Here in upstate New York near the St. Lawrence River, bordering the expanse of that fabled northern land called Canada, I was awestruck by sunrise, the first sunrise after the solstice!
crack the red wax open
read note readdress dispatch
so he enabled the correspondences
of others and to be so occluded
by the flux of words gave pleasure
as crescendo filled the branchings
flickering the quilled exchanges
until one particular melody exhausted
silence and called out spontaneous
abyssal the flame hatches

That’s from the Irish poet Trevor Joyce’s new book What’s in Store—a three-hundred-plus-page veritable bodega. (I discovered it through my favorite blog here, entry for Dec. 13.) There are translations and reworkings of: “Folk Songs from the Finno-Ugric and Turkic Languages,” “Anonymous Love Songs from the Irish,” the Chinese poets Ruan Ji and Lu Zhaolin, as well as maybe half a dozen other sources. There are also short lyrics addressed to friends and loved ones. In light of all the Harriettalk about constraints and sonnets, one of the endnotes provides a tonic to too much purely formal ambition:

The many thirty-six-word poems scattered throughout this volume springs from an attempt to write a large work under rigorous constraints. … When I realized that the centrifugal forces had overpowered my original intentions for overall coherence, I published some more under the title “Ana” (as in Shakespeareana, Joyceana, etc.). Here I’ve allowed the princple of dispersal to overcome completely my initial nostalgia for order.

Not rage for order, as in Stevens, but nostalgia for order! I was reading Trevor Joyce concurrently with Laura Riding Jackson (did anyone have a greater rage for order?) and felt as though I were taking the measure of the gulf between my own attraction to (her) purity and my delight in the fallen state of poetry as it is. What’s in Store takes advantage of so many different forms and methods, trusting sheer accumulation to ward off the failure of coherence, that finally you really do get a clear picture of what Ben Friedlander in this comment thread called “quality of mind.” What else matters in the end? That Riding’s quality of mind shines through the failure of poetry to achieve her impossible standards—this is the miracle available to us, even though she was shockingly ungenerous about it.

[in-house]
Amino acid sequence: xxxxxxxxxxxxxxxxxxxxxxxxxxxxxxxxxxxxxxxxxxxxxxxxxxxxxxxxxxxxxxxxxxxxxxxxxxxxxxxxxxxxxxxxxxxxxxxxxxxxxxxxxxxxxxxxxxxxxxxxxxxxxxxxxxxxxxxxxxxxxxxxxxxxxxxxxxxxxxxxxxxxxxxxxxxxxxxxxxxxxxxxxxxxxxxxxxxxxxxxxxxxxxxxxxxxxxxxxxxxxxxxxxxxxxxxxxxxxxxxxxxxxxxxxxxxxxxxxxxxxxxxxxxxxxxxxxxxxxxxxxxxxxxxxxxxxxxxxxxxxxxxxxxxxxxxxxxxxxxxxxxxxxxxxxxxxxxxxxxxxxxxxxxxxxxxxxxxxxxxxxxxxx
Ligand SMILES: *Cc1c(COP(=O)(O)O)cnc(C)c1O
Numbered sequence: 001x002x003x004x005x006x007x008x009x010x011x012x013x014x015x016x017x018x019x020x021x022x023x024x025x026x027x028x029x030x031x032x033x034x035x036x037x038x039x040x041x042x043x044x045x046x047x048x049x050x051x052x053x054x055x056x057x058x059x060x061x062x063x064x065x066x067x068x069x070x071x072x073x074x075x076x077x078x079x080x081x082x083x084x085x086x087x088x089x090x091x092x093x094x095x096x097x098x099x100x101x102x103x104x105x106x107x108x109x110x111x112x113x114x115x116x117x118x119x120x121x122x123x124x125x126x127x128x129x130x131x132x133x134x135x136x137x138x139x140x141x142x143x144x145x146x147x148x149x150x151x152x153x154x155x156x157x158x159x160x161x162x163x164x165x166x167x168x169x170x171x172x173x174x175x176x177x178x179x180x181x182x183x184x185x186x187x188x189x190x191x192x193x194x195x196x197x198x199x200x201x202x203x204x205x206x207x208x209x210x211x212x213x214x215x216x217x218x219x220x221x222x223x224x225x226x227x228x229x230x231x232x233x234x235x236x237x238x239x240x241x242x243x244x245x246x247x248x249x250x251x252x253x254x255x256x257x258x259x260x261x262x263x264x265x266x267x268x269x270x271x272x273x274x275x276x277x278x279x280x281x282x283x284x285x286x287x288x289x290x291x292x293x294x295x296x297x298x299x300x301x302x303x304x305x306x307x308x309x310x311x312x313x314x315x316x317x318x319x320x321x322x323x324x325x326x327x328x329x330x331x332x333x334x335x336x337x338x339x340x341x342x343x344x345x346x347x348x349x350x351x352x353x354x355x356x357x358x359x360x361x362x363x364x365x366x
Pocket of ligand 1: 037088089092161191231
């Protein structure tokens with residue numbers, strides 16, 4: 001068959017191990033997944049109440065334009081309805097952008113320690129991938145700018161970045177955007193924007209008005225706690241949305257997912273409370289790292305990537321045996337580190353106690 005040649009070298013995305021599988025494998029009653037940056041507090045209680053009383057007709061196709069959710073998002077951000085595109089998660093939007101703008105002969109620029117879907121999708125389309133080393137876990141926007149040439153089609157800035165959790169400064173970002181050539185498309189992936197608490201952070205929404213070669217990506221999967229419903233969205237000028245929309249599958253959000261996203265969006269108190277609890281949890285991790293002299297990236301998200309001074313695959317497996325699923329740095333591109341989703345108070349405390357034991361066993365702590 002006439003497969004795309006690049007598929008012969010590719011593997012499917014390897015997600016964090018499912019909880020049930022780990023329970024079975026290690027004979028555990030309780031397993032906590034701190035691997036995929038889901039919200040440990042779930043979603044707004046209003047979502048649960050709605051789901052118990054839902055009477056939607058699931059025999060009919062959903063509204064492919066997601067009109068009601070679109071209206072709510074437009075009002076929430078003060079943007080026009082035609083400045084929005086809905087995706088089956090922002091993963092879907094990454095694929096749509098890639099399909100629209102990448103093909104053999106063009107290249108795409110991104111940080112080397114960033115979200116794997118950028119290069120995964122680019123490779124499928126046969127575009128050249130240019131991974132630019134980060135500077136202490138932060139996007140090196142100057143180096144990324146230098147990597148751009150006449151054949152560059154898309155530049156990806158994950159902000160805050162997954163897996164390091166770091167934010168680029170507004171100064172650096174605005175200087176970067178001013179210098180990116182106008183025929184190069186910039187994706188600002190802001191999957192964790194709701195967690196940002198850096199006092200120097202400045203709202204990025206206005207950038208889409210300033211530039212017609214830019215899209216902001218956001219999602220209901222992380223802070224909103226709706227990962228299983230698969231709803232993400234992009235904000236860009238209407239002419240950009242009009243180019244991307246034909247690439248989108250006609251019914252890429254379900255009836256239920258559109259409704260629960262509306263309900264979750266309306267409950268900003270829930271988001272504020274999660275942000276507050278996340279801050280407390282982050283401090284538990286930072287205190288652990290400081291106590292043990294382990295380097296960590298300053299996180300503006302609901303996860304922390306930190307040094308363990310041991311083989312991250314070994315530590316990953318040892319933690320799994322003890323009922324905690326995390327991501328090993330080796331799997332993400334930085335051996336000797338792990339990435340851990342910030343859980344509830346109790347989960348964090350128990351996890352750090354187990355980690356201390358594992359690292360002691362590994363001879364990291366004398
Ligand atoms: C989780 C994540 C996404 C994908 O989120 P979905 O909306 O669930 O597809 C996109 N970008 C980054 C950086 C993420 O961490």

Here’s another little miracle: language acquisition at its most banal. First, we sing before we can speak. This I learned from my first child, and now my second sings himself to sleep at night with (literally) la-la-las and yeah-yeah-yeahs. At seventeen months, he really doesn’t have any words. Or he didn’t, until last week he effectively made a musical request:
“Doe a deer. A deer.”
—the song “Do Re Mi.” It’s all he asks for; he can see from our bursts of laughter that we’re pleased with him. As I am with the notion that we don’t need language for basic necessities. We need it to ask for extras; for felicities. Like music. Or your mind: show me your mind.
Two more posts, and I am going emeritus on Harriet.
Doe, a deer!

Originally Published: December 23rd, 2007

Ange Mlinko was born in Philadelphia and earned her BA from St. John's College and MFA from Brown University. She is the author of five books of poetry: Distant Mandate (2017); Marvelous Things Overheard (2013), which was selected by both the New Yorker and the Boston Globe as a best book of...

  1. December 27, 2007
     Simon DeDeo

    Trevor's poem you quote has that kind of cryptic-crossword puzzle diction -- when I read "so he enabled the correspondences", it activates my solver's mechanism and I'm like "hmmm... seven letters..."
    Actually, that's a pretty good clue. In cryptic crossword rules, a solution would be "let hers".
    Ange, it's been a real pleasure reading your posts on harriet, and I'm sorry to hear you'll be going emerita!

  2. December 27, 2007
     Simon DeDeo

    PS: here is a valedictory clue.
    Seraphim, not a learner, preceeds a poor topsy-turvy milkman to go emertia. (10)
    seraphim : angel
    not a learner: "L" is the sticker in Britain affixed to cars driven by those with learner's permits, i.e., drop the "L".
    poor milkman: "no milk"
    topsy-turvy: key word for anagram

  3. December 27, 2007

    Oh, Simon, I'm a crossword junkie, and you warm my heart.
    [throws kisses, bows...]

  4. December 29, 2007
     Alicia (AE)

    Is there anything more fascinating for a poet than to watch a child's evolution of language? The bilingual phenomenon has also been wild to witness. I remember that Jason used to babble in two languages, even before he had words. He would babble in strings of English-sounding syllables and phonemes, and then switch and babble in strings of Greek-sounding syllables (complete with Greek gestures). It is all very humbling--to watch someone for whom all language is poetry and all speaking is making. I'm getting sad now that he is starting to "correct" some of his baby neologisms...